Diamond-based diode or transistor chemical sensors according to the present invention may operate in high temperature environments, in which conventional chemical sensors may not operate. They may also operate in corrosive environments in which conventional sensors may not operate without extensive encapsulation and other protection. Moreover, because they are based on diamond semiconductor, they can be integrated with transistors and other devices to form control or other circuits used with the chemical sensor.

According to another aspect of the invention, a diamond-based gas sensor includes a diamond layer having a Schottky contact thereon and an ohmic contact thereon, wherein the diamond layer includes a highly doped region adjacent the ohmic contact to provide a low resistance ohmic contact. It has been found, according to the invention, that the frequency dependence of the capacitance/voltage characteristic of gas sensors formed thereby is not primarily related to the presence of deep level states in the diamond band gap, as has been assumed for a period of over twenty years. Rather, according to the invention, it has been found that the strong frequency dependence is primarily a result of the high impedance (i.e. resistance and capacitance) of the "ohmic" contact which is typically applied to the diamond layer. The high series resistance of diamond also plays an important role in the frequency dependence, as has already been known. When the diamond layer includes a highly doped region adjacent the ohmic contact, the frequency dependence of the capacitance/voltage characteristic is reduced significantly. Gas sensors with improved operational characteristics are thereby provided.

According to the invention, the highly doped region adjacent the ohmic contact is preferably boron doped at a concentration of at least 1020 cm-3. This doping forms an ohmic contact with a contact resistance of less than 10-3 Ω-cm2. Preferably, the ohmic contact is a back contact on a face of a diamond layer opposite the Schottky contact.

The diamond layer of the present invention can be a monocrystalline diamond layer or a polycrystalline diamond layer. The diamond layer may itself be formed on a diamond or a nondiamond substrate using techniques well known to those having skill in the art. When a back ohmic contact is formed on the diamond layer, a portion of the substrate is preferably removed to expose the back face of the diamond layer, opposite the Schottky contact, and allow the highly doped boron region to be formed. A metal contact is formed on the boron doped region.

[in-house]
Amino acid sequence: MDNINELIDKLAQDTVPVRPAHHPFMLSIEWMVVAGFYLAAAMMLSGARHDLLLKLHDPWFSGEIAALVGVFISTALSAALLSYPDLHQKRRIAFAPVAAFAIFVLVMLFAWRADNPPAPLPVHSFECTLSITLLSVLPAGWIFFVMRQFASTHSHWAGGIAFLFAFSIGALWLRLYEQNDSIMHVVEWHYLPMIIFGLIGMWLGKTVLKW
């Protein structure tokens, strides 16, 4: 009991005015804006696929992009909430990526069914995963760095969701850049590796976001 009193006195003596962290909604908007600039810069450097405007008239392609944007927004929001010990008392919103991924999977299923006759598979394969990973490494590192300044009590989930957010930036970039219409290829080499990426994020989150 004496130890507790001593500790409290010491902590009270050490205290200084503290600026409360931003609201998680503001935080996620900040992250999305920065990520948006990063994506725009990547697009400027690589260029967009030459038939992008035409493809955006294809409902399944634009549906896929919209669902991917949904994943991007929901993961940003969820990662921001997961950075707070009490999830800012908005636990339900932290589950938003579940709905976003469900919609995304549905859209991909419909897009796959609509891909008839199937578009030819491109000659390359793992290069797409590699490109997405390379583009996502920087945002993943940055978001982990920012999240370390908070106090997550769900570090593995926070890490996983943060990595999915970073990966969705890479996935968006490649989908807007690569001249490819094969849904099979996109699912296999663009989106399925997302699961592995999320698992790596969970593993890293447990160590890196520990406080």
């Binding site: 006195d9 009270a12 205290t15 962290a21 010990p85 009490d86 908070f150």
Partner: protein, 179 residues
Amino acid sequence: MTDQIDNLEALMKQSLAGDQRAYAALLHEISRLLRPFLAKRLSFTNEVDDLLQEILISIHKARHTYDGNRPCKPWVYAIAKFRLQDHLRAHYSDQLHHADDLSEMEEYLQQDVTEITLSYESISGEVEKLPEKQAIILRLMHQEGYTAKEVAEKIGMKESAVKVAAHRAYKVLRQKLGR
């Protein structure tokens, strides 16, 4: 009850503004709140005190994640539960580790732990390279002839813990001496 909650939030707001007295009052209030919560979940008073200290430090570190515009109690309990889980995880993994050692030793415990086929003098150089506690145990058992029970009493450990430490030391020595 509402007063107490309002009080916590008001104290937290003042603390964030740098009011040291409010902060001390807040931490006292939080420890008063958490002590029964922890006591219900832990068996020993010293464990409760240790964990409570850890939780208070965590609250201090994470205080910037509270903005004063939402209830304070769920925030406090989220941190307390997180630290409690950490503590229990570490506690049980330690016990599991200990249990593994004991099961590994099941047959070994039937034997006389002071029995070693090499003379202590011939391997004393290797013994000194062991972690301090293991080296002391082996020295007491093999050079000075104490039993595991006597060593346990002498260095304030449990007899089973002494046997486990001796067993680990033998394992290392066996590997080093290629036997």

The highly doped boron region can be formed in the diamond layer by in situ boron doping or boron ion implantation using techniques well known to those having skill in the art. By providing a highly doped boron layer adjacent the ohmic contact, frequency variations of the capacitance/voltage characteristics are reduced.

A gas sensor according to the invention includes a diamond layer having first and second opposing faces, and a first contact on the first face, wherein the first contact forms a Schottky barrier of predetermined Schottky barrier height between the first contact and the first face. The first contact allows gas to interact with the first face, to thereby alter the predetermined Schottky barrier height. The contact is preferably a catalytic metal contact such as platinum or palladium, which is sufficiently thin to allow gas to interact with the diamond layer. Preferably the catalytic metal layer is less than 1000 Ω thick. When the diamond layer is a layer of polycrystalline diamond, a layer of undoped diamond or a thin layer of silicon dioxide is also preferably included between the metal layer and the polycrystalline diamond layer. The gas sensor also includes a second contact, preferably on the second face, and the diamond layer includes a highly doped region, preferably boron doped at a concentration of at least 1020 cm-3, adjacent the second contact, to form an ohmic contact having a contact resistance of less than 10-3 Ω-cm2. An improved gas sensor is thereby provided.

BRIEF DESCRIPTION OF THE DRAWINGS

FIG. 1 illustrates a cross-sectional view of a first embodiment of a gas sensor according to the present invention.

FIG.2 illustrates a cross-sectional view of a first embodiment of a Schottky diode according to the present invention.

FIG. 3 illustrates a cross-sectional view of a second embodiment of a gas sensor according to the present invention.

FIG. 4 illustrates a cross-sectional view of a second embodiment of a Schottky diode according to the present invention.

FIG. 5 illustrates a cross-sectional view of a third embodiment of a gas sensor according to the present invention.

FIG. 6 illustrates a cross-sectional view of a third embodiment of a Schottky diode according to the present invention.